• Buildings or grounds, used for educational purposes, of any school, college or university [N.Y. Penal Law §§ 265.01-a];
  • On the grounds of a residential child care facility [18 CRR-NY 441.19(f)];
  • In state parks, except for hunting purposes where permitted [9 CRR-NY 375.1];
  • Statue Cruises ferry to Ellis Island & Liberty Island, and the Statue of Liberty Nat'l Monument [NPS Security Standards];
  • Public campgrounds, except during the spring and fall hunting seasons [6 CRR-NY 190.7(a)(3)];
  • Lake George Battlefield Park [6 CRR-NY 190.7(c)(1)];
  • Zoar Valley Multiple-Use Area, except during the small-game and big-game hunting seasons [6 CRR-NY 190.25];
  • Specified trails on the Adirondack Mountain Reserve [6 CRR-NY 190.25];
  • Courthouses;
  • Any facility of the Department of Mental Hygiene, or any residential facility which has an operating certificate issued by the department, except with permission of the director of the facility [14 CRR-NY 45.1];
  • Government buildings in certain cities and counties;
  • Airports;
  • Any public transportation (i.e. trains, buses, ferries, etc.);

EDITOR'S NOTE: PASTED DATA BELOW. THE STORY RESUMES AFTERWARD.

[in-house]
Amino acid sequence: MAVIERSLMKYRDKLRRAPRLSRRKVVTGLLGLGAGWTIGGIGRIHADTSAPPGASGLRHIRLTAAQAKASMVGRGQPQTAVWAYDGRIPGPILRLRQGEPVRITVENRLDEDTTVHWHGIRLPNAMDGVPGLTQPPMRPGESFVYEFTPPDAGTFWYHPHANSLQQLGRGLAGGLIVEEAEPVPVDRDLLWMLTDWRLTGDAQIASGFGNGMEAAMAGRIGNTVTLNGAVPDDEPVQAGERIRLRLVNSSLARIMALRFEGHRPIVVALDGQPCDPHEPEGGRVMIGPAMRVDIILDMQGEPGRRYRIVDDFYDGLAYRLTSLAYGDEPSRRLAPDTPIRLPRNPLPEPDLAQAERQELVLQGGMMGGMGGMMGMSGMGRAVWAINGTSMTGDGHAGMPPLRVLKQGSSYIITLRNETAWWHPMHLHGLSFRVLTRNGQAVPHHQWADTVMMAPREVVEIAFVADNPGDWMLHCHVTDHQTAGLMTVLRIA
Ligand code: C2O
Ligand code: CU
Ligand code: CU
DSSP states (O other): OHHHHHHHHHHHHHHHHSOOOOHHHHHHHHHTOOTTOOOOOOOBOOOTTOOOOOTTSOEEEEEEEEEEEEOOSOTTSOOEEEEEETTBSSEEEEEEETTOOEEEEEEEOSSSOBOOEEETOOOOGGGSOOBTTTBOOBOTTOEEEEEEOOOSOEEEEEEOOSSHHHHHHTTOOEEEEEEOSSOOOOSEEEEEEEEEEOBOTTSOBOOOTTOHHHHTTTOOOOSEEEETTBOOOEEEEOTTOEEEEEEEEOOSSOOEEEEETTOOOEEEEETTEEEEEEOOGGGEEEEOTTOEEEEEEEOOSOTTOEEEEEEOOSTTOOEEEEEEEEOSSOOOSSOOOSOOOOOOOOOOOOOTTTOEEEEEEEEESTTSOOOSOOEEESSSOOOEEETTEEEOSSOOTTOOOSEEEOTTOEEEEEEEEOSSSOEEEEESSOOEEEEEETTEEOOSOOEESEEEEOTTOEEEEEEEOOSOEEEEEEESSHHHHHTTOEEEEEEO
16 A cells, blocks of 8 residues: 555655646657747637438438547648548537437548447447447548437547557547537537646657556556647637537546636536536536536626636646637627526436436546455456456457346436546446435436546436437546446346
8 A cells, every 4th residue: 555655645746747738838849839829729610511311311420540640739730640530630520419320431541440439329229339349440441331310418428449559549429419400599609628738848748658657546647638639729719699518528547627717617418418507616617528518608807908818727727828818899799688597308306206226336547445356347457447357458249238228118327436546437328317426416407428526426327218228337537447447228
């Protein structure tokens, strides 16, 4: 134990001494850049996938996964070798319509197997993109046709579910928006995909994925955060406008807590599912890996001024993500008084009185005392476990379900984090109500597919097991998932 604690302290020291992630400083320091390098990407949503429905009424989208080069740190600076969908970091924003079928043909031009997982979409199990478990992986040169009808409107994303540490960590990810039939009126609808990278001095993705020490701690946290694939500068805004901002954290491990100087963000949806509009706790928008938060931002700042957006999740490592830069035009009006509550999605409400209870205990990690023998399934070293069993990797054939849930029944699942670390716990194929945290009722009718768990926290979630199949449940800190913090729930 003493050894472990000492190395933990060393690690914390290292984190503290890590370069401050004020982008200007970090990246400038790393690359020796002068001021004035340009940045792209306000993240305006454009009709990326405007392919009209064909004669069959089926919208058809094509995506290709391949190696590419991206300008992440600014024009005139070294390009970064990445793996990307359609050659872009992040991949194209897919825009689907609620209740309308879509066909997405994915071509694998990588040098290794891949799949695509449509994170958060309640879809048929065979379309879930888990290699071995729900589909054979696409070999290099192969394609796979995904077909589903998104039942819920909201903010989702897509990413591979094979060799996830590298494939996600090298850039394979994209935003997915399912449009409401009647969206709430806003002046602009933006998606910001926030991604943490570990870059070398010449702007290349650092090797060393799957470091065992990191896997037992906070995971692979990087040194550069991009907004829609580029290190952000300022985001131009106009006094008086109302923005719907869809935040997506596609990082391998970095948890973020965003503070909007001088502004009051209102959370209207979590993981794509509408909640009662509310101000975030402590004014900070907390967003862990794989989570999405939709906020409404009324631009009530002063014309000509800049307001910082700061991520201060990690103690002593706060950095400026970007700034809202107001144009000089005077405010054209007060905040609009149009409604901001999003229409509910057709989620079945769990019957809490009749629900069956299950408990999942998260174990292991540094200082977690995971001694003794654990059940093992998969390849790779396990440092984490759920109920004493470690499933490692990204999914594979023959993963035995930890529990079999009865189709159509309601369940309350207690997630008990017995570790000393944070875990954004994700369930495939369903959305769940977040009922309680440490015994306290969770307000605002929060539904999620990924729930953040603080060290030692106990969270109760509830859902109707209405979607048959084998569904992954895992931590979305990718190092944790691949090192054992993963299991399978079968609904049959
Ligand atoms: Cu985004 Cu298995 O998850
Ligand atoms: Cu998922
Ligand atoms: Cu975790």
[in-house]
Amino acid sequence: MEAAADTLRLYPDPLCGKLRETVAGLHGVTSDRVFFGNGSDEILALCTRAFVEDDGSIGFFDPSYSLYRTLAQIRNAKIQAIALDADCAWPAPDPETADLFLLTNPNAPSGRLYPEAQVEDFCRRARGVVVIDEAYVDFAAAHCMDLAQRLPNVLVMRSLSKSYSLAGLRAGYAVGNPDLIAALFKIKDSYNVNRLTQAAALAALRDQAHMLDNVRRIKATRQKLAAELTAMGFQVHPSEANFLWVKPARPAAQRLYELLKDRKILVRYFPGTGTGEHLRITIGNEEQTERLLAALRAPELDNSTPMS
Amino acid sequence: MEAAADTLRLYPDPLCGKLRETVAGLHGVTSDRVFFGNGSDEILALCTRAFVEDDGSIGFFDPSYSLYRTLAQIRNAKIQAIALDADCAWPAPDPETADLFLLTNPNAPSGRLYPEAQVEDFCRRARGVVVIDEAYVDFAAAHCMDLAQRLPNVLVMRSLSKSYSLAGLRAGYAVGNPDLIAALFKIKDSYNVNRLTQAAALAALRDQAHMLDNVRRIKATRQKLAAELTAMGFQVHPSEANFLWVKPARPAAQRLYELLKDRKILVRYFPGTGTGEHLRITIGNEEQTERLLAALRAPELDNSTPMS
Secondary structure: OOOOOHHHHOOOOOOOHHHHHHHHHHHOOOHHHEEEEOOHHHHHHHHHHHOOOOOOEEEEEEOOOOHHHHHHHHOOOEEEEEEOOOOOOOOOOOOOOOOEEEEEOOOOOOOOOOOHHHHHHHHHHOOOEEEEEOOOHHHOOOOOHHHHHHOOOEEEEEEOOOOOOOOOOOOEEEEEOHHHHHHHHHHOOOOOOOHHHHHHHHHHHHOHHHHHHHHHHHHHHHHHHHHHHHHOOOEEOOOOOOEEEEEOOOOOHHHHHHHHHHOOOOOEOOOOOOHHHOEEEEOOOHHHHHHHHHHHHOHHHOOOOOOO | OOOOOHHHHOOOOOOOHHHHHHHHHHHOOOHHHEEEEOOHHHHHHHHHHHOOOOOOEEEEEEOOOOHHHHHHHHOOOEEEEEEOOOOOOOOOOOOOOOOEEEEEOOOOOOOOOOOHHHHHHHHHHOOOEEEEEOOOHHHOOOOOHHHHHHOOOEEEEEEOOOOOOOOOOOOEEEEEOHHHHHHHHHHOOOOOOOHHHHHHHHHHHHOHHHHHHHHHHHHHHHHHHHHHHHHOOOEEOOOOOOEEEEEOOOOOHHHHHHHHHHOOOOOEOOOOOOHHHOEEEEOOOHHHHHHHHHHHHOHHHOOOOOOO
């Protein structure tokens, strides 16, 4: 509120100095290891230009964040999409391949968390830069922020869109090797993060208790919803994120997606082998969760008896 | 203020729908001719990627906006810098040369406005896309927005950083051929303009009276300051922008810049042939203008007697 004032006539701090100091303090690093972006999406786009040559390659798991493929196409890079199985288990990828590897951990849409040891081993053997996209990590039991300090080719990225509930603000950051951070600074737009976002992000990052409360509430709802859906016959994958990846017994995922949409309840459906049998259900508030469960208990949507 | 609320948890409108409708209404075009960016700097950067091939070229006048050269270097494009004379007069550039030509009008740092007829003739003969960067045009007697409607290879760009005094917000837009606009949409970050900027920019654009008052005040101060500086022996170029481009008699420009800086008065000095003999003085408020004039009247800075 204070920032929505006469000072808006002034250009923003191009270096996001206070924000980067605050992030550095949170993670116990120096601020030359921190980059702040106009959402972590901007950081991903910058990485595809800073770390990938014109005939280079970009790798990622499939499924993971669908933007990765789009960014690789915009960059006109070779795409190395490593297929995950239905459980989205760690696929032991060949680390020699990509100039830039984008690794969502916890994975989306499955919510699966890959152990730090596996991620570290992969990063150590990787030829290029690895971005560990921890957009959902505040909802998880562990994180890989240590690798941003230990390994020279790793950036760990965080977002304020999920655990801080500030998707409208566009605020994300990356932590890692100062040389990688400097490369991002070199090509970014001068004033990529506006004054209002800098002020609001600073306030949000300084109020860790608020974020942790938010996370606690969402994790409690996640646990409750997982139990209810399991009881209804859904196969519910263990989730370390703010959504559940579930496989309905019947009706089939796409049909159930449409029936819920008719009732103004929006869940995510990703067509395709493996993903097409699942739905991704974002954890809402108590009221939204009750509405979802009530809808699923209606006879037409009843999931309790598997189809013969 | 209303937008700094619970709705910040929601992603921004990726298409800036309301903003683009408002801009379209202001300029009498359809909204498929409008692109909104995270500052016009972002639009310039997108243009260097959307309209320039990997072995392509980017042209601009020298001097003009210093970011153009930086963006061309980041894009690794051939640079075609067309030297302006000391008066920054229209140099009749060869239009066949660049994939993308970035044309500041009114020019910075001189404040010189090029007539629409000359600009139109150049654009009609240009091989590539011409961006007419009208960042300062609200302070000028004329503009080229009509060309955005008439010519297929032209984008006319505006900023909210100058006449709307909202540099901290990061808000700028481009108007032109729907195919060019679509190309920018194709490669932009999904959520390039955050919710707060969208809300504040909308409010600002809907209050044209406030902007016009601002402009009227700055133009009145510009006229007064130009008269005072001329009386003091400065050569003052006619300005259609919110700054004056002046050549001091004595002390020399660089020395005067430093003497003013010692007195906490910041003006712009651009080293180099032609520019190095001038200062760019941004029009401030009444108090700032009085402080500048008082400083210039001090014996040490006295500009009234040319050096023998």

• Within the city of New York unless a special permit granting validity is issued by the police commissioner of that city; 
  • Time Square;
  • Churches;
  • Zoos;
  • Homeless shelters; and
  • Any place where the carrying of firearms is prohibited by federal law or state law or regulation.

FAQ: New York City Concealed Carry Questions

What Are the Knife Laws in New York City?

The circumstances surrounding the carrying of the knife is what makes its possession illegal. New York City administrative code asserts that any knife carried openly is illegal unless it is being used for or transported immediately to or from a place where it is used for hunting, fishing, camping, hiking, picnicking or any employment, trade or occupation customarily requiring the use of such knife.